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Last week, I was searching for tutorials on using Lagrange multipliers. I was most interested in the case where there are multiple constraints. I found some good youtube videos in the process. So, I spent some time looking at good Youtube channels where good math lessons are taught. To my delight , I found some good channels.

One thing I need to mention is that in the channels I mention here , the Math level is not very advanced – at the most up to the undergraduate level. If you want really advanced stuff check out MIT OCW or similar places. Also, since most of the efforts were voluntary , there was also quite a bit of overlap in the lessons. Most of them are around 10 minutes which is excellent as they allow me to listen to a lesson when I feel bored and in the process refresh my basic math πŸ™‚

Some of my favorite channels (not in any order) are :

1. Math2b Prof’s channel
Has some interesting stuff on Partial fractions, calculus and some geometry ish topics.

2. Partick JMT’s channel
Has some nice and organized stuff about trigonometry and calculus.

3. MathTV’s channel
Has a series of videos of algebra, calculus and other stuff

4. Khan’s Academy
This is probably the most popular education Youtube channel. It contains basic tutorial videos on lot of subjects like physics , biology and math. It also has some nice videos on contemporary economic issues. Most of the videos are well packages using playlists that will help you listen in a organized fashion. You can also check Khan academy’s website .

Other Resources

1. Steven Strogatz’s NYTimes Math article series
Steven Strogatz writes a weekly article series on Math in NYTimes. He explains lot of interesting stuff in Math in a simple manner. You can check out the Strogatz’s Opinionator blog page for more details.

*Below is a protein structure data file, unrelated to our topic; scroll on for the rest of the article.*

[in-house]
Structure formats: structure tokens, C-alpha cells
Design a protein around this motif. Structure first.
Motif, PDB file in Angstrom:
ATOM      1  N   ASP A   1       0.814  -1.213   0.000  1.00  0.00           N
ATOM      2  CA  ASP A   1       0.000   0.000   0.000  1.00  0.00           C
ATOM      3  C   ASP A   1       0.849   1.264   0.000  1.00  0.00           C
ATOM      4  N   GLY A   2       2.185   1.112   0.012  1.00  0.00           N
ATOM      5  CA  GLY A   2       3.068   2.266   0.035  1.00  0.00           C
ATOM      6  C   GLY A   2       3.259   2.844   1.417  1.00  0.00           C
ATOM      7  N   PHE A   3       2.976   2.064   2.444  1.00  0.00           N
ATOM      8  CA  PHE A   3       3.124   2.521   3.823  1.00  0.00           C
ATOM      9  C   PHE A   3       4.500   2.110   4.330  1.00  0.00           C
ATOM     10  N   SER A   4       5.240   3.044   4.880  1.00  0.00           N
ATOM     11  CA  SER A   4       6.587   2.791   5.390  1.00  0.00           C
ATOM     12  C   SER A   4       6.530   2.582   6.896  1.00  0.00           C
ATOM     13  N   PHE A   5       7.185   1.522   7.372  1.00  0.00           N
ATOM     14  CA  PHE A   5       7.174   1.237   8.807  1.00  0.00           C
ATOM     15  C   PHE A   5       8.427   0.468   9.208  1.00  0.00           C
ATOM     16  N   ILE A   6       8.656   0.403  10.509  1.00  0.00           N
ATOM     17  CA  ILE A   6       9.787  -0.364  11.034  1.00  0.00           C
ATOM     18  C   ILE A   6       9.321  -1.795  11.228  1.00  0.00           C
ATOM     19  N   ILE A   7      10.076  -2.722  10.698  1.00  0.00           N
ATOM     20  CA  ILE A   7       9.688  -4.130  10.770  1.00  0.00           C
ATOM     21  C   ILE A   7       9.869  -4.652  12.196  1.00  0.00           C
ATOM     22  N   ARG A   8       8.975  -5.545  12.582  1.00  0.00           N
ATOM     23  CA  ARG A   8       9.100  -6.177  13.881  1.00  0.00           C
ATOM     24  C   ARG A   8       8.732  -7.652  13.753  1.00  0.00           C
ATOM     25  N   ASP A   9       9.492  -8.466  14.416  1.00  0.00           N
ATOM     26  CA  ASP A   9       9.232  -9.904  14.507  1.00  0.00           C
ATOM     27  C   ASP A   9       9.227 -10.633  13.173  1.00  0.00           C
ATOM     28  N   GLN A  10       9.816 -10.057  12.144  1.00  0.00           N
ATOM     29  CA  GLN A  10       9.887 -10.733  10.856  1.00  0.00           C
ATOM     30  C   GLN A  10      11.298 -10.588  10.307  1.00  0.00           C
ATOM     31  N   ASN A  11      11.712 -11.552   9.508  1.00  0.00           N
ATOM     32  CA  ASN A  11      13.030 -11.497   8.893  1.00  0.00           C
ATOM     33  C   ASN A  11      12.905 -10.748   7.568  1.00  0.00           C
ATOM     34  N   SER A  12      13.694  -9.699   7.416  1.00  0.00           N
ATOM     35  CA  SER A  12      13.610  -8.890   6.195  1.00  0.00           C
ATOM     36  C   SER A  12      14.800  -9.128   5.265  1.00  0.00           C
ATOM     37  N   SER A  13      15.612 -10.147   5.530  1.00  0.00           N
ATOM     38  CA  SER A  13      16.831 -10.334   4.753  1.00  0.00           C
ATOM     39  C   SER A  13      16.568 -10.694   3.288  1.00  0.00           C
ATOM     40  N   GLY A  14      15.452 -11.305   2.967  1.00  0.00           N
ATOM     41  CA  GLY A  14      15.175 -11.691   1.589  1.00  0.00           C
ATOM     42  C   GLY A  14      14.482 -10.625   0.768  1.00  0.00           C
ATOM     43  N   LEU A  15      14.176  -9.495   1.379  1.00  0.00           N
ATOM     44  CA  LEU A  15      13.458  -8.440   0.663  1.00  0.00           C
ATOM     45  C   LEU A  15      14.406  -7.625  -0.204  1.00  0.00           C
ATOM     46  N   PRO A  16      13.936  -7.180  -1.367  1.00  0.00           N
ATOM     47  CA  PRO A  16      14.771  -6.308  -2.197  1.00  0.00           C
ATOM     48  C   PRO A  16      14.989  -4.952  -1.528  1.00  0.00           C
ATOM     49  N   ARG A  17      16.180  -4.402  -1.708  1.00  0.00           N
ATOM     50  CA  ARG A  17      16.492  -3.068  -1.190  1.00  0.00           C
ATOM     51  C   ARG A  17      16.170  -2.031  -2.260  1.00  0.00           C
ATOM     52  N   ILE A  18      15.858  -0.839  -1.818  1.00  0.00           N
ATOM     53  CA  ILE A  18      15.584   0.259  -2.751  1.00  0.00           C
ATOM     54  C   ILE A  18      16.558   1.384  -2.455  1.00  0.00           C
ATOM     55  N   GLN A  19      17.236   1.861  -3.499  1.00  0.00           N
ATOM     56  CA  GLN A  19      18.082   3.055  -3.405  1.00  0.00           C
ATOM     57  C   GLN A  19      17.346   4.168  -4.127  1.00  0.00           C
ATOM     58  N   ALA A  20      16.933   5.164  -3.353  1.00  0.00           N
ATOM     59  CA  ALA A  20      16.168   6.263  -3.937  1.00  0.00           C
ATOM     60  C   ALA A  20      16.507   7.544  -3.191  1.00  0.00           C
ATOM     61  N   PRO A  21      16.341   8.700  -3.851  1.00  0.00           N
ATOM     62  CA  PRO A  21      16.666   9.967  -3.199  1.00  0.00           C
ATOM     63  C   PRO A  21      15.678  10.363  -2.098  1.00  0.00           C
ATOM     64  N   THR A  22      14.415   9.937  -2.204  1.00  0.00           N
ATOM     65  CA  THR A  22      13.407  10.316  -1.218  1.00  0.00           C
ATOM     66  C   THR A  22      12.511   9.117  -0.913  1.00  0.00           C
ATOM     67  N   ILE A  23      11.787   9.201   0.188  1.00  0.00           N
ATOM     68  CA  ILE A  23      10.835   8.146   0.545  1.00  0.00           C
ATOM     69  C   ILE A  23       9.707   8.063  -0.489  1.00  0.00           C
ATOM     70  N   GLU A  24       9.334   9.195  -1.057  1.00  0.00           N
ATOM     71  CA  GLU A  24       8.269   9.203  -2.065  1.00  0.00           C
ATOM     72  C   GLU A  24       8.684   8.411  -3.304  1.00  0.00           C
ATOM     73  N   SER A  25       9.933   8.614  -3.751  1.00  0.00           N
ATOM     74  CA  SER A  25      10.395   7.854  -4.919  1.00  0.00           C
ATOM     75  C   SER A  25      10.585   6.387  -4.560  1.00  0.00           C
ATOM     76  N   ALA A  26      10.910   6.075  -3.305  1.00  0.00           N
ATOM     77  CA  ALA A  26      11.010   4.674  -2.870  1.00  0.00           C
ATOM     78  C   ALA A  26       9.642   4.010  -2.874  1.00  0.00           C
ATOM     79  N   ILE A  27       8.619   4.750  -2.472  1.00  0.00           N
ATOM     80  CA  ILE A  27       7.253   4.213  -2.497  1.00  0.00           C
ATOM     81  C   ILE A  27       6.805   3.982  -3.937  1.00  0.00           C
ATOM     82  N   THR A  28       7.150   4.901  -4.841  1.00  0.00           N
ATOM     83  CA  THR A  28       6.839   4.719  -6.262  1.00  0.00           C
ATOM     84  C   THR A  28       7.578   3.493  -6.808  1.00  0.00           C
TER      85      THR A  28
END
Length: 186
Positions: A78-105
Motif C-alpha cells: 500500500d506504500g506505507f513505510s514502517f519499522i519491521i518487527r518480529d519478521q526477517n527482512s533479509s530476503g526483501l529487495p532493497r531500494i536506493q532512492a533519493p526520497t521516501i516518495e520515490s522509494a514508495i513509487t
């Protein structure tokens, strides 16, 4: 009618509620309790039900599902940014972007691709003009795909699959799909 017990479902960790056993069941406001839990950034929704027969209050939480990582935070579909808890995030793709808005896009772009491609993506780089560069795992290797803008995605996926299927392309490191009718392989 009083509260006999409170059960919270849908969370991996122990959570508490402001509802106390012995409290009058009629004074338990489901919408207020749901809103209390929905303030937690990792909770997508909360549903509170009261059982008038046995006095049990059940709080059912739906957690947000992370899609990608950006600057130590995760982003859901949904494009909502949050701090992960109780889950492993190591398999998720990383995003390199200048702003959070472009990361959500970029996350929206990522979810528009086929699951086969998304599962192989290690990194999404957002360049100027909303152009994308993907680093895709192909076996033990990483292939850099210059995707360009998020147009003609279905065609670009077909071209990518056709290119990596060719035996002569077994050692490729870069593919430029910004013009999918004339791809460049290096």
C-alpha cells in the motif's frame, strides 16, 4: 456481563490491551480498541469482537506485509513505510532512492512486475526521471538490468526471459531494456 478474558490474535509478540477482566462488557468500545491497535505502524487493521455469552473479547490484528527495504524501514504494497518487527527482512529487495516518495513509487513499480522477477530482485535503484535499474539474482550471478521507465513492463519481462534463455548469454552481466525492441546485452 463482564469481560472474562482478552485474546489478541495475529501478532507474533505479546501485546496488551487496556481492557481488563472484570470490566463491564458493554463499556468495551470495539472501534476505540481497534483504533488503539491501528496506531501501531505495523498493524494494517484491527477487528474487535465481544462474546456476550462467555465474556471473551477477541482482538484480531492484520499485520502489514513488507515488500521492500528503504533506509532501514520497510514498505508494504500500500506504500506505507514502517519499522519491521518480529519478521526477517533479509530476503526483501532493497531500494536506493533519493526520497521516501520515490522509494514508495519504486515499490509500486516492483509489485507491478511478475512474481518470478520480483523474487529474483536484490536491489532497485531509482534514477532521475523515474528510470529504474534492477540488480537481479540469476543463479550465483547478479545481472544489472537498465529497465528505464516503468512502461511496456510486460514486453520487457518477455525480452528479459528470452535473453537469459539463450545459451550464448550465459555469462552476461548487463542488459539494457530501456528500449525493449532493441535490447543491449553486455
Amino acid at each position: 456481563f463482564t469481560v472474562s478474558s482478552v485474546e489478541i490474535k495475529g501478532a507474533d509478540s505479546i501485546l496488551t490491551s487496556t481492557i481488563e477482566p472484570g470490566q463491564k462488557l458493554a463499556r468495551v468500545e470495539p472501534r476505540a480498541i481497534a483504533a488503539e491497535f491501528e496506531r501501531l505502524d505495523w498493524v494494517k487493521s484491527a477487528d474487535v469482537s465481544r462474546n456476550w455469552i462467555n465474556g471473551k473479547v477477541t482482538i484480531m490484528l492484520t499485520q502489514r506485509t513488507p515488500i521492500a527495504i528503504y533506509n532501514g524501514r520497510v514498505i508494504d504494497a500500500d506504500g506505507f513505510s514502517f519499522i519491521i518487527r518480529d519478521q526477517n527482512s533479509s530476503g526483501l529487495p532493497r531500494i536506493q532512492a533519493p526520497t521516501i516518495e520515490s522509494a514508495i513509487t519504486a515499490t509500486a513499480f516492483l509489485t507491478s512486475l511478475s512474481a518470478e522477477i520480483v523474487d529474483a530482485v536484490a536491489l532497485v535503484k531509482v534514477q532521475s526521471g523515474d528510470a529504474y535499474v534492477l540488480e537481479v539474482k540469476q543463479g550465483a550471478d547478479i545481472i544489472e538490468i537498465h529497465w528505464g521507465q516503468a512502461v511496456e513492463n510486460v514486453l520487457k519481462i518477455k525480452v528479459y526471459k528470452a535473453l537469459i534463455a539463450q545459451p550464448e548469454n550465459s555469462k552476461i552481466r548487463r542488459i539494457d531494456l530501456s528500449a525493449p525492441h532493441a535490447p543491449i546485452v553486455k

Some Tips

Most of the channels may not be very useful for grad students in their studies. But they can act as a refresher.

The easiest way to follow the channels is by Subscribing to it. In each of the web page , there is a subscribe button which allows you to be notified when  new video are uploaded. Once you subscribe , you either visit your My Subscriptions page to get the videos uploaded per user. You can also add the subscription widget to your Youtube homepage.

But, there is still a small inconvenience. You have to visit youtube to find any updates. And like Wikipedia, we know surfing Youtube is a time sucker. Luckily, Youtube provides a RSS/Atom feed of your subscription page. If you use any RSS reader like Google Reader then you can click on the Feed icon at the My Subscriptions page  and subscribe to the feed. You can refer to my old Google Reader tutorial if you want a tutorial on using it . So, if any new videos are uploaded then you can check them in your RSS reader and listen to them at your own pace.

Just to bring the topic to closure, I finally found a good tutorial on using Lagrange Multipliers with multiple constraints at An Introduction to Lagrange Multipliers .

Have fun with all the Math videos πŸ™‚

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I guess this Biweekly links edition is going to be a bumper one like this week’s Microsoft updates πŸ˜‰

1.Google News
Google made lot of splash this week.

Google Buzz
Google set blogosphere on fire with announcing Google Buzz. The official link is here. For those using Google reader, more information is here . Since GMail was the primary means of delivering Buzz, GMail specific news is here .  At last, Google has become more serious about Social search . They have also acquired the excellent Social Search Engine site Aardvark . I had used Aardvark and found it to be very good. The underlying AI algorithms seems to be doing a fine job.